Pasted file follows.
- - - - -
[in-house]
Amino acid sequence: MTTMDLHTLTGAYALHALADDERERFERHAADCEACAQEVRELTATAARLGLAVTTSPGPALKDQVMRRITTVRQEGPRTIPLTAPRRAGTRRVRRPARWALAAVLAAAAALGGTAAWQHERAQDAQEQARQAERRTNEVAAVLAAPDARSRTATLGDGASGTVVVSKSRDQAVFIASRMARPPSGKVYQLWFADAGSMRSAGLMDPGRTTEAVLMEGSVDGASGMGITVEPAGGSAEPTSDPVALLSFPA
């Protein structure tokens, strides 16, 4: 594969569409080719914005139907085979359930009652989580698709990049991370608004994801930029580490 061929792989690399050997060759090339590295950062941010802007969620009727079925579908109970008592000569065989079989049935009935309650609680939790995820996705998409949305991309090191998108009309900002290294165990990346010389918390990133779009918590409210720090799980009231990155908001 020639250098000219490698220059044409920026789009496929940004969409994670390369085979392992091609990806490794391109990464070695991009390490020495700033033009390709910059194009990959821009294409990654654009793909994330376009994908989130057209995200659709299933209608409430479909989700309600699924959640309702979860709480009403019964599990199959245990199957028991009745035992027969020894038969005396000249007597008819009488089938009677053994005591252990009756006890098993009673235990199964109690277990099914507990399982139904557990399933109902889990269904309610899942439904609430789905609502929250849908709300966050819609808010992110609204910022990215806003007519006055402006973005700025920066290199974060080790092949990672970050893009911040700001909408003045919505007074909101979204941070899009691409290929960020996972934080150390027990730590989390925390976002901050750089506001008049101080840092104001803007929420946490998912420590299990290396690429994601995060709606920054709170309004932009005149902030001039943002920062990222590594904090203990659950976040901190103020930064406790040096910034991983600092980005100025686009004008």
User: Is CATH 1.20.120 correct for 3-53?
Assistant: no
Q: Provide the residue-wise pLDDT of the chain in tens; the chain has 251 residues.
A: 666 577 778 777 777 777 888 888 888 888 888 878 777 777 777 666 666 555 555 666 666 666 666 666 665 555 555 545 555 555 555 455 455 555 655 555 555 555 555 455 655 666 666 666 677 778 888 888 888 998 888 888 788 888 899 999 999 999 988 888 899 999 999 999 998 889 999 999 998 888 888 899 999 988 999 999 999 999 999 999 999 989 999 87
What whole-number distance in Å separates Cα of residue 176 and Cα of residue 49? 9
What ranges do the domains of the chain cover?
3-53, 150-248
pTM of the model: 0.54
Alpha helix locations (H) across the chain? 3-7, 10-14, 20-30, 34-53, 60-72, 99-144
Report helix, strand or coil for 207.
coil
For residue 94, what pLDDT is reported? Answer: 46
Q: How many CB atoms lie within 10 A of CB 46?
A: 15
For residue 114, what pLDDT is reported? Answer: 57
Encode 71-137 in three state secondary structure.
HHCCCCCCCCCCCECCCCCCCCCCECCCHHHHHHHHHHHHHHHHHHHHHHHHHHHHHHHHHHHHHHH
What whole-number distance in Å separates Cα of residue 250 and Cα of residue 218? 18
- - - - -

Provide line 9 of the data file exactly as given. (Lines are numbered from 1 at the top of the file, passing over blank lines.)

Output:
What ranges do the domains of the chain cover?